Community theater lives and dies on imagination and resourcefulness. Supplementing the razor-thin budgets, volunteer crews and local talent is a creativity and inventiveness that often leads to magical results.
Set designer John Cross faced a daunting task: Convincingly telling the onstage story of a small-town bamboozled by a slick traveling salesman requires, among other things, a Pullman rail car and a vintage library full of books. In devising the necessary backdrops under the constraints of a modest budget and a tight timeline, Cross turned to technology.
"On the Internet, I saw the description of a pen plotter - a computer-guided tool that uses strings and stepper motors to create graphic designs," Cross says. Inspired by what he saw online, Cross built his own version, specifically configured to handle the demands of creating large-scale backdrops. "The machine I built was twice as big as the one described, but it worked!" he laughs.
Now he just needed something to print on.
The medium came to him in warehoused rolls of sheeting material used as an insulator for housing construction. Cross continues: "I knew the pen plotter could accommodate sheets that were five feet wide and six feet high, so I figured an arrangement of panels together would give me the scale we needed. I just rolled the material through in a continuous feed, and the plotter created the images."
After a few feeds, the train interior emerged. "I even used the plotter to create a metallic façade on the bench seats," Cross notes.
The output was detailed and exact - but in bland black and white. "Luckily, the white insulation material accepts paint really well. It was like a big paint-by-numbers," Cross explains. "All we had to do was get the cast to paint it according to the color schemes chosen by our art consultants.
"It was a huge time-saver because the only work that involved the artists themselves was to sponge-paint a few clouds outside the train windows. They were free to do other painting that required more detail."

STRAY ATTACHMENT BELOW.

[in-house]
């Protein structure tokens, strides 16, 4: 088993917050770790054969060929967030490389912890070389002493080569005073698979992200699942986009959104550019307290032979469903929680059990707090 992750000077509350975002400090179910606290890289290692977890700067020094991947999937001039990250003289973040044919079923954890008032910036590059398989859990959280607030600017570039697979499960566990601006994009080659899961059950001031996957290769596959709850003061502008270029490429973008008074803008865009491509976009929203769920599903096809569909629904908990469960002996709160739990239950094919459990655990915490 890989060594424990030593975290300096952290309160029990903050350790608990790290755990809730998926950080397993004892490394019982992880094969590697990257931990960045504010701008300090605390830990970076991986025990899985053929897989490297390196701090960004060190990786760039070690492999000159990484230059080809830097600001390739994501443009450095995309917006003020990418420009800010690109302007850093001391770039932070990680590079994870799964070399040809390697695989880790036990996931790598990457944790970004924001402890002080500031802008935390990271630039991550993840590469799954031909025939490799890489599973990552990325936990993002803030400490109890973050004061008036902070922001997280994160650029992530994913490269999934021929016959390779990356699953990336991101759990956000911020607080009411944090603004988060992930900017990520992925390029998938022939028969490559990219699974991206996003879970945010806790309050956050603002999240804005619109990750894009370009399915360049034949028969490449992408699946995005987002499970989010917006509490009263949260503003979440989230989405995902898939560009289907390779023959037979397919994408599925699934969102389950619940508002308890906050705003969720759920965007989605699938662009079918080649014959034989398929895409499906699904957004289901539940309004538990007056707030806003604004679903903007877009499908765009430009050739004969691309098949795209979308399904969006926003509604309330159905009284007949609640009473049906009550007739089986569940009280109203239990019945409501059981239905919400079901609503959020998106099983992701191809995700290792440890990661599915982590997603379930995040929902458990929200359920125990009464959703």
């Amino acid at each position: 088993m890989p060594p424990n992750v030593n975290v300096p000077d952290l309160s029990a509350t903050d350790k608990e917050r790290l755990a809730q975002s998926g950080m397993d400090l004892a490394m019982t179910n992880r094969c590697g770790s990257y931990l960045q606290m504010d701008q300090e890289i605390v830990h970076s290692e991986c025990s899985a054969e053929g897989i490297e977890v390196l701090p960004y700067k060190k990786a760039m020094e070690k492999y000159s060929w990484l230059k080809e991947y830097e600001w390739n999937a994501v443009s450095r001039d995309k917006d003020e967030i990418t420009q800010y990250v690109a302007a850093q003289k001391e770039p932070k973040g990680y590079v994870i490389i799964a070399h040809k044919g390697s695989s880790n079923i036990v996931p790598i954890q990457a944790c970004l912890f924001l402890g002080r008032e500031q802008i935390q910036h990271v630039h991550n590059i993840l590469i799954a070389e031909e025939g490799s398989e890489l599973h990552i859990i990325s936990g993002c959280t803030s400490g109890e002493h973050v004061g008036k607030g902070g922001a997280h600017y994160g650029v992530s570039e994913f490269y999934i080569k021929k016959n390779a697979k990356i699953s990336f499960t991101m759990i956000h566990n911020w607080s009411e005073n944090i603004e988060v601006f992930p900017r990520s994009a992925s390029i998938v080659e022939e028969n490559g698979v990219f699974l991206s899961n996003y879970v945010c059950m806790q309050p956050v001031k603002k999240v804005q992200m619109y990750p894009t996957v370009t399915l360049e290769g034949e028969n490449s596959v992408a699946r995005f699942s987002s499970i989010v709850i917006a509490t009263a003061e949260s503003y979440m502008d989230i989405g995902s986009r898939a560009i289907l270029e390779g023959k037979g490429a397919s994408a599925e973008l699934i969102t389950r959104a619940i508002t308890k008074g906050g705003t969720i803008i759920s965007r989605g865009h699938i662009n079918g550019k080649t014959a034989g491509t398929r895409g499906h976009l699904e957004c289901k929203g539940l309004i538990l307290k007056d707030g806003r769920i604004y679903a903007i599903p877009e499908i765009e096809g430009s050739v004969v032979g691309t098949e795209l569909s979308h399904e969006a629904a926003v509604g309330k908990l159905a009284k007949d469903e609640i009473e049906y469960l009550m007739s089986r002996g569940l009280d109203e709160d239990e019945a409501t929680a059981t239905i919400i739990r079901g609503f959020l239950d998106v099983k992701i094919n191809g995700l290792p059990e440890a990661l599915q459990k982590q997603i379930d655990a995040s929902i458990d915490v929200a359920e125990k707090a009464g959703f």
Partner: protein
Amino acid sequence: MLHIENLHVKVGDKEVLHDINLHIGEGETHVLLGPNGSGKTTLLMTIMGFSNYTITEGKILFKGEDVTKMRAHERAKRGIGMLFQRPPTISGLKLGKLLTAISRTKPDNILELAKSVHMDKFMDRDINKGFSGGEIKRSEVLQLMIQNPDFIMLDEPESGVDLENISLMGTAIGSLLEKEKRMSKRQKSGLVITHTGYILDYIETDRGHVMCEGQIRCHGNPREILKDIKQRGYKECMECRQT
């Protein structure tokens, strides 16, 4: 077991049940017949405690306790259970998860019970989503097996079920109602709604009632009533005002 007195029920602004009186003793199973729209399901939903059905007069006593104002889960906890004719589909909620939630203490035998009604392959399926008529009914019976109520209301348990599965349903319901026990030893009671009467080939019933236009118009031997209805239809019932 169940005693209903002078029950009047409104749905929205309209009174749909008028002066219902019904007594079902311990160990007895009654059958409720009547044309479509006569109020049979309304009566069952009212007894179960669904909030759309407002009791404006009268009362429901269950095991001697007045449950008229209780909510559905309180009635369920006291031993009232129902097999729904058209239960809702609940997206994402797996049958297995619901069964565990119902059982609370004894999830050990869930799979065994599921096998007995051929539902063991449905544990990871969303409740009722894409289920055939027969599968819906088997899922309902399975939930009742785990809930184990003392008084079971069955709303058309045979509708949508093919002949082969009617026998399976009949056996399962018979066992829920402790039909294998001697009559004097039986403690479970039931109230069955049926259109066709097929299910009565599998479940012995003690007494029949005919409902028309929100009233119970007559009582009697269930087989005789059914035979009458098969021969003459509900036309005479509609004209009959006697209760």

The technique not only saved time but also funds. The pen plotter was also used to create the library bookcases and the mayor's house at a significant savings over more traditional stage-construction methods, which then enabled MTC to afford the rental of detailed backdrops (the River City town square, for example) to complete the set design.
The task of bringing these sets to life falls to MCT's 53-member cast and 18-member pit orchestra.
As the plot unfolds, the quirky citizens of River City fall for the flim-flam of Professor Harold Hill, a huckster who convinces them that their town's moral degradation - brought on by a new pool table - can be halted by the creation of a community marching band. As part of his usual scam, Hill sells townfolks uniforms, instruments and instruction books, but skips town before the locals figure out that he can't read a note.
This time around, however, Hill gets his "foot caught in the door" when he falls in love with spinster librarian Marian Paroo.
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Hill is played by Rob Frankel, who is returning to the stage after a 15-year absence, following his theatrical experience in middle- and high-school. "It's been incredible," Frankel says of the MCT experience. "The cast and crew are very welcoming and very warm people - and very forgiving. There's a lot of lines to recite, and they understand that it takes a little work to get everything out. But they've been just fantastic." Full-time, Frankel is a graphics animator and visual effects artist for home-shopping giant QVC. The studio, understanding the demands of a role in this kind of production, allowed him to adjust his normal 2 p.m. to 10 p.m. shift to attend rehearsals, a concession Frankel is extremely grateful for.
Katie McCool has the thrill of playing what she calls her "dream role" in creating Paroo. McCool is an MCT veteran, having appeared in six prior productions with the troupe. "This is a part that I have wanted ever since eighth grade," she relates. "I did Music Man Jr. in eighth grade, and I wanted Marian so bad, and I got Ethyl Toffelmier [one of the townspeople]. So it was an absolute dream come true to finally do this." McCool teaches eighth grade English at a Charter school in North Philadelphia, a position that has given her some insight into Paroo's position as librarian, especially with her love of reading and books.
MCT's production of The Music Man continues its run this coming weekend, closing on July 27.